History on Level 2 of Duhig Tower

One of the bookshelves from the earliest Fryer Library at St Lucia has been installed on level 2 of the Duhig Tower, just inside the entrance from the Great Court, and will host rotating displays of material from our special collections.

The bookcase

The Doc Robbie bookcase

The bookcase now on level 2 of the Duhig Tower is known as the Doc Robbie bookcase. The Fryer Library started life in 1927 in one bookcase in the office of Frederick Walter Robinson, an English lecturer who was known by students at UQ as Doc Robbie. His personal papers are held in the manuscript collections at Fryer.

Over time, that one bookcase expanded into three, and the library took up another room as Doc Robbie purchased more books for the Fryer collection. In 1949 the library moved from George Street to St Lucia to 'a handsome room, 30 feet long...divided into sections by projecting bookcases' (Galmahra November 1952). The Doc Robbie bookcase was one of those projecting bookcases, which makes it at least 70 years old. 

Why is it here?

Level 2 of the Duhig Tower as it looked in the 1950s. You can still see some of the marble columns today.

Fryer now holds over 75,000 books and more than 600 manuscript collections, which means we've outgrown the original bookcases, but the Doc Robbie bookcase has stayed with us.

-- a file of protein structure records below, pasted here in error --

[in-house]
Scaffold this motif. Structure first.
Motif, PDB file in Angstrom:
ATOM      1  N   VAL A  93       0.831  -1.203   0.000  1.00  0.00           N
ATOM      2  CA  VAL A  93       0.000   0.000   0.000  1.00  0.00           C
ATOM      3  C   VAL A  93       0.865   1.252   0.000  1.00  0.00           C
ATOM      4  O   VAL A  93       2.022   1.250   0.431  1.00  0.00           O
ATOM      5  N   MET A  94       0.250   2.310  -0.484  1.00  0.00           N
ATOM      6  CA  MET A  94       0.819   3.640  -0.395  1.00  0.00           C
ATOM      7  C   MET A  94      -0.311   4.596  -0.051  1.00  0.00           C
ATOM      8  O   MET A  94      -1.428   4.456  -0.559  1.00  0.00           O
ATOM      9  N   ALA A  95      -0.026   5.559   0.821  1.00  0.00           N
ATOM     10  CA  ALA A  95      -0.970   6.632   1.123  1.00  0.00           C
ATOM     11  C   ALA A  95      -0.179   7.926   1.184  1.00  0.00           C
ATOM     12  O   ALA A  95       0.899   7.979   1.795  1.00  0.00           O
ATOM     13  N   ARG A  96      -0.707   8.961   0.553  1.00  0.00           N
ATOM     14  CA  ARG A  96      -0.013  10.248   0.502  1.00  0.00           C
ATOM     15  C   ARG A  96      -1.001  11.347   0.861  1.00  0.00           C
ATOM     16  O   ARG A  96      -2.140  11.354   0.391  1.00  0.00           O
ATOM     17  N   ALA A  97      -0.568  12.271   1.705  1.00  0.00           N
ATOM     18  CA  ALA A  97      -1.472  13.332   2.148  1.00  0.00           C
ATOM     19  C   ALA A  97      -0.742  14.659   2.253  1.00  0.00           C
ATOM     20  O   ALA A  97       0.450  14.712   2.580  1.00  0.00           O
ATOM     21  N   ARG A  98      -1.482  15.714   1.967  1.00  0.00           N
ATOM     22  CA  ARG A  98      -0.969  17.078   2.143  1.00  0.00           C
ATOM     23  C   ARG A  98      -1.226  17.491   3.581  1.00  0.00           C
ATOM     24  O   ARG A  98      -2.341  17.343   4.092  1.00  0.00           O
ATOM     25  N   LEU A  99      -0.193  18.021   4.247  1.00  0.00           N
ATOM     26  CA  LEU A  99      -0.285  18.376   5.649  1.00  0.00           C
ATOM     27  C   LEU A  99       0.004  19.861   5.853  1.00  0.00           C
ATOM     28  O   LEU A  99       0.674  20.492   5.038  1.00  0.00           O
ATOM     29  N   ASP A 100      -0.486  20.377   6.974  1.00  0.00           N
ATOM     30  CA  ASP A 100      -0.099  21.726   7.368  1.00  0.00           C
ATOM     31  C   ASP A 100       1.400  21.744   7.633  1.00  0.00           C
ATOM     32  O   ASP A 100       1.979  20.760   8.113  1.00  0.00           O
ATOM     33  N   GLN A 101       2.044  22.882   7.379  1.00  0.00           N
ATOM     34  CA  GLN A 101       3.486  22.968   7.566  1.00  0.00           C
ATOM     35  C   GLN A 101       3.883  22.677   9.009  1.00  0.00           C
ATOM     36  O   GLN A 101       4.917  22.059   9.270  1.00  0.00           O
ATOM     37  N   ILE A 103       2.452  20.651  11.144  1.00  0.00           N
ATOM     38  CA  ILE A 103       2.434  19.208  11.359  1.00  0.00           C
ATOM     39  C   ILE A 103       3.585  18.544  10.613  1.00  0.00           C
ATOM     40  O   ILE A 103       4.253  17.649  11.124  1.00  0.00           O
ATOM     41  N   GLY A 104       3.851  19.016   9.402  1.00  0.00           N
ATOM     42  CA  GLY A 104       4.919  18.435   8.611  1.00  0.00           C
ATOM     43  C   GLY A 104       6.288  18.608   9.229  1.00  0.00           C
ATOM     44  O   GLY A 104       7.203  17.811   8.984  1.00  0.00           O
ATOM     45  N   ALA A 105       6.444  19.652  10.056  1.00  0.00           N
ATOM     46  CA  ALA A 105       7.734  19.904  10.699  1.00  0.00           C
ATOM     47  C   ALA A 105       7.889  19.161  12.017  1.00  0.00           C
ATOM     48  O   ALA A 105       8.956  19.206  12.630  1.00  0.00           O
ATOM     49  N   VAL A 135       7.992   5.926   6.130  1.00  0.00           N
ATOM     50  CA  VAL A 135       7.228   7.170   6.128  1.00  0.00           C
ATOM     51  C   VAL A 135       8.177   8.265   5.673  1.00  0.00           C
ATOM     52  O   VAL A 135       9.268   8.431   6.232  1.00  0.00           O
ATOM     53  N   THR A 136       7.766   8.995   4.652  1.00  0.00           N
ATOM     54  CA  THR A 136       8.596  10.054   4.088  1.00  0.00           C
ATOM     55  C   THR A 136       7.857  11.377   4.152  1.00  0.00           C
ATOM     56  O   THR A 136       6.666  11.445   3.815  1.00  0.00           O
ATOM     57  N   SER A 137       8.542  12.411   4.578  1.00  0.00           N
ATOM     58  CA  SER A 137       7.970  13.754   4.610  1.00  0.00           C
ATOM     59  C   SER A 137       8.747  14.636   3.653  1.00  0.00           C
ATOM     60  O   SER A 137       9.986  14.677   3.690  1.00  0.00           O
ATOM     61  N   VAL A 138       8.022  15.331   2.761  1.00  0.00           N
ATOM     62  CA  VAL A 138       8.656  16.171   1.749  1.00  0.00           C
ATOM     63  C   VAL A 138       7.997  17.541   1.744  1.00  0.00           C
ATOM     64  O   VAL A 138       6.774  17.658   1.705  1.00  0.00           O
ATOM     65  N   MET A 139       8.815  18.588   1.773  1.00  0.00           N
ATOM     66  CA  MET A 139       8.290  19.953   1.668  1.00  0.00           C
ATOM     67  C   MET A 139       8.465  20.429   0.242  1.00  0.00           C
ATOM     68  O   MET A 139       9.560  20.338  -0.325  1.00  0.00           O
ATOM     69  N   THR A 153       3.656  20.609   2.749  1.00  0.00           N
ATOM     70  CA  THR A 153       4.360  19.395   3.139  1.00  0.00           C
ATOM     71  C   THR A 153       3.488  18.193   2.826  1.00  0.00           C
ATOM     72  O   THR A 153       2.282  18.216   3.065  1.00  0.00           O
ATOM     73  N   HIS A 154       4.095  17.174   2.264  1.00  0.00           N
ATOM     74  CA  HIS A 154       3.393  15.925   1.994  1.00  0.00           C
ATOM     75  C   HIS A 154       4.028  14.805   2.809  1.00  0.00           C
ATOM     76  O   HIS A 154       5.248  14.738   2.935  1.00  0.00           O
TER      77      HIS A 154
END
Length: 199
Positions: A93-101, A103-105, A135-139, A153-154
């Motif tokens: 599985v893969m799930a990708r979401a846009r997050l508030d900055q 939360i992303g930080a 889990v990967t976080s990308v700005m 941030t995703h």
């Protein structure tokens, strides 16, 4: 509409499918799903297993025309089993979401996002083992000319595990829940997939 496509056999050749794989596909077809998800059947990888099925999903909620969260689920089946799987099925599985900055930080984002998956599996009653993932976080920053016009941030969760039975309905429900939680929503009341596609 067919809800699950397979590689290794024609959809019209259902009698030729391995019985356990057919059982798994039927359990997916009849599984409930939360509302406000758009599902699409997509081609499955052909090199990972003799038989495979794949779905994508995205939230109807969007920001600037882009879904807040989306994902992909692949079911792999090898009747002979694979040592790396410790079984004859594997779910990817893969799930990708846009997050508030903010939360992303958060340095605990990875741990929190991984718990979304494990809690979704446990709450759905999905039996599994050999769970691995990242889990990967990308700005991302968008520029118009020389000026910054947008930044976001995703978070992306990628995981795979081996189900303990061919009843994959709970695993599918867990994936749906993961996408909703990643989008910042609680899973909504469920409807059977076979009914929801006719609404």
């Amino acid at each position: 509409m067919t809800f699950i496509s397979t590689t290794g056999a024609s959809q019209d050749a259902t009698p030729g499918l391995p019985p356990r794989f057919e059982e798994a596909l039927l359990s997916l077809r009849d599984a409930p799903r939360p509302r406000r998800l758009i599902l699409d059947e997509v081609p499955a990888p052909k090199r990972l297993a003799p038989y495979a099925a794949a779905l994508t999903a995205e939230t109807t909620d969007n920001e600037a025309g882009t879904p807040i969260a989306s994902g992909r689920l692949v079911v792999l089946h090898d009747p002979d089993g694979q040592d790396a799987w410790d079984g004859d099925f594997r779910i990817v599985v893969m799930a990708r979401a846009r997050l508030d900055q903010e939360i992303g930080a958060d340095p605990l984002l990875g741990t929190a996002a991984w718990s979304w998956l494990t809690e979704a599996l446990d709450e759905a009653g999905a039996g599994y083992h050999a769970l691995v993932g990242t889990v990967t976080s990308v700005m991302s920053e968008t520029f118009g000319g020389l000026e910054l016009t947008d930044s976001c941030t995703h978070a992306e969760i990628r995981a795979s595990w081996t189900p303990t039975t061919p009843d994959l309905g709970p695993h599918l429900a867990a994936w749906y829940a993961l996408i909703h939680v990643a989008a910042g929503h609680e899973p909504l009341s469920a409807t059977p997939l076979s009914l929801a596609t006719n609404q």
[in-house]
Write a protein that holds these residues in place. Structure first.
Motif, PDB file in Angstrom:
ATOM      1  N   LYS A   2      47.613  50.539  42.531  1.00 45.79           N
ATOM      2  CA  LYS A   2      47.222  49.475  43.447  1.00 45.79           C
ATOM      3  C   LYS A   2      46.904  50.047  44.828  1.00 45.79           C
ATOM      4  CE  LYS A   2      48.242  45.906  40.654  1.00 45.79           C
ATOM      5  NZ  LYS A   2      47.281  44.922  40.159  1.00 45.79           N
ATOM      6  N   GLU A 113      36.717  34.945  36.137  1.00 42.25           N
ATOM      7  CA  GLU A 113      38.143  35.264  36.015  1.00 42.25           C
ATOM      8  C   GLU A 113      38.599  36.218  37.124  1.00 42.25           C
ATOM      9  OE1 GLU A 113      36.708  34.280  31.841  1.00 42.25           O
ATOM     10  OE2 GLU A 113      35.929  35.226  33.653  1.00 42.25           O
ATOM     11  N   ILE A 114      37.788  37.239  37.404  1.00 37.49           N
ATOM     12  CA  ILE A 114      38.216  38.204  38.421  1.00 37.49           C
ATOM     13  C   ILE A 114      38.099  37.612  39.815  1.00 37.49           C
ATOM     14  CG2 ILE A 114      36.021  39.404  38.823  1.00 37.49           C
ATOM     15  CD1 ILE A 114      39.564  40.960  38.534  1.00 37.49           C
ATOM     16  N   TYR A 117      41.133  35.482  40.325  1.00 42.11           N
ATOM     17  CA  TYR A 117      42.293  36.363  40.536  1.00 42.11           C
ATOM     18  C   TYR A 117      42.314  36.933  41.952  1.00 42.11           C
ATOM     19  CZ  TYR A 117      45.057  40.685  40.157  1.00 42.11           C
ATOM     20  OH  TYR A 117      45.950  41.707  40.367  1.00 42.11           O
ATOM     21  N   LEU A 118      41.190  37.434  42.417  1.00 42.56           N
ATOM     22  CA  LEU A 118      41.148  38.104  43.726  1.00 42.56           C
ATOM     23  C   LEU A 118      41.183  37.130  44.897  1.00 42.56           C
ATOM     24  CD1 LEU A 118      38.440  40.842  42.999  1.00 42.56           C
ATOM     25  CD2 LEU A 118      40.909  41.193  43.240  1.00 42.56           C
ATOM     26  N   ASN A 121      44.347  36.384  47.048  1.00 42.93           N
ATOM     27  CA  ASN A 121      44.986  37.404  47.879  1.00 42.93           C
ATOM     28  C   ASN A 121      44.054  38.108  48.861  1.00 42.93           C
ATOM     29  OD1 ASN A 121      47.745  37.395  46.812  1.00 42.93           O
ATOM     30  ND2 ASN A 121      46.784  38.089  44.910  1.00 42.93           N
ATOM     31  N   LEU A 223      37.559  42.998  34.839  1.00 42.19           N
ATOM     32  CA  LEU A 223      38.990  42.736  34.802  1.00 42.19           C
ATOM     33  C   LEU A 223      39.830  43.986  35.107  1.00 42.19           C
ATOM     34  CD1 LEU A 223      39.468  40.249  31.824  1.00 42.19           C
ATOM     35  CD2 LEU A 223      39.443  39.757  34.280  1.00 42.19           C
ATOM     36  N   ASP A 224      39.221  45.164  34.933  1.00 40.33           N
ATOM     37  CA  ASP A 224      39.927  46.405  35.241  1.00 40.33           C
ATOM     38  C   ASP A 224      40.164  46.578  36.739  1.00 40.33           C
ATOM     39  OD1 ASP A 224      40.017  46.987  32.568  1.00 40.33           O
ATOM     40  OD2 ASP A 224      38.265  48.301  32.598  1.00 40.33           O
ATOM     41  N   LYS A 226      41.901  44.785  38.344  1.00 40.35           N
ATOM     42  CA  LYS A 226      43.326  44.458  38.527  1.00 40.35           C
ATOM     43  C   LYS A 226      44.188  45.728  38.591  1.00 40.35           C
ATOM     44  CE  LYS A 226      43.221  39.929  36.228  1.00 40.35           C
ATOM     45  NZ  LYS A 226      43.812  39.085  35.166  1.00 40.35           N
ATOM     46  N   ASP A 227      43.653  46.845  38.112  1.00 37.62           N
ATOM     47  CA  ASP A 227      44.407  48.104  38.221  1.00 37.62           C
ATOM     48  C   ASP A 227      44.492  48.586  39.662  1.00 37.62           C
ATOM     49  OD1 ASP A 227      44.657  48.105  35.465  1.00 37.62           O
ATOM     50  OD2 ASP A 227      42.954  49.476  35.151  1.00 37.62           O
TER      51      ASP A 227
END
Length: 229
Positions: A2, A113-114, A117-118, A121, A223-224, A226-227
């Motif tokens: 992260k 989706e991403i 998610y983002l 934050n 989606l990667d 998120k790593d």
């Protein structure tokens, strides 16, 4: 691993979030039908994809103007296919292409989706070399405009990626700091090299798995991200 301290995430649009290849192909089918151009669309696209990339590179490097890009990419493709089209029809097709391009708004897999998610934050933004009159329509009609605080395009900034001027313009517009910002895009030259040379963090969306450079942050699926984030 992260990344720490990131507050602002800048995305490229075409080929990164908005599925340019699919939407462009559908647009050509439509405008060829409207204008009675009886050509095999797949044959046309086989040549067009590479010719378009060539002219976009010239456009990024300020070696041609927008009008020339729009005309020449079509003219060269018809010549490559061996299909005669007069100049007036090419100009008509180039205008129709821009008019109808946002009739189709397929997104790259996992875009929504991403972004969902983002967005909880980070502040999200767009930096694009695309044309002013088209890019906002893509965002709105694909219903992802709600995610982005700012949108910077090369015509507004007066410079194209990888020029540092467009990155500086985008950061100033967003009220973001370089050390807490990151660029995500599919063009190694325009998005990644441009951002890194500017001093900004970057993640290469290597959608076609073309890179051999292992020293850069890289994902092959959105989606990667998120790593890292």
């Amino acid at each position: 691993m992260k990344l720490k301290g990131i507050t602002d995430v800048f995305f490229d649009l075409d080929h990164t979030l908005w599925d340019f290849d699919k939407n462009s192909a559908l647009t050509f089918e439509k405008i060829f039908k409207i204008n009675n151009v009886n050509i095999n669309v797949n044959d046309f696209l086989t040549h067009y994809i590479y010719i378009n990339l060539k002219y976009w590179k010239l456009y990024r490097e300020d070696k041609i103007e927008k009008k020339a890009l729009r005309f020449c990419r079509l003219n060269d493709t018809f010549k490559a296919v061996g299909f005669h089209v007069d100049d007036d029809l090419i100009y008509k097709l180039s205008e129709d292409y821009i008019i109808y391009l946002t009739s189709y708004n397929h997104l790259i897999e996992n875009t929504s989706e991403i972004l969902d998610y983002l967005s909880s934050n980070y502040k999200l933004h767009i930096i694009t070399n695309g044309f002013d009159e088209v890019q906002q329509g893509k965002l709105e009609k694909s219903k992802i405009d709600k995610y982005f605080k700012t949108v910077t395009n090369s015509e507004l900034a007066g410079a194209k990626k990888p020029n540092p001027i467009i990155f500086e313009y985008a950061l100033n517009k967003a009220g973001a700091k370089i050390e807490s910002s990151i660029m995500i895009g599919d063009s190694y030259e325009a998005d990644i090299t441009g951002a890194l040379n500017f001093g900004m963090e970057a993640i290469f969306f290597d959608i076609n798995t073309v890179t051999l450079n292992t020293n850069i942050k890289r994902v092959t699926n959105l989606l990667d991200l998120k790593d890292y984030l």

With the opening of the new Central Library taking place in September, we wanted to acknowledge our history by moving the bookcase to a more prominent position and using it to display items from the Fryer collections that you might not see otherwise.

In the coming months, you'll see a rotating display of books, papers and objects from Fryer that tell different stories about UQ, Brisbane and Australia. 

What do you think?

We'd love to hear your thoughts about the bookcase. What would you like to see on display? Let us know on Facebook or Twitter, or you can always email Fryer: fryer@library.uq.edu.au

Can't make it to St Lucia? 

Items from the Fryer Library's collections are available to view in eSpace, and we also prepare digital exhibitions in consultation with our Fryer Fellows and the Library's digitisation team.

Our latest digital exhibition Kathleen McArthur - Wild/Flower Woman was created with Fryer Fellow Sue Davis.

 
 
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Last updated:
24 September 2019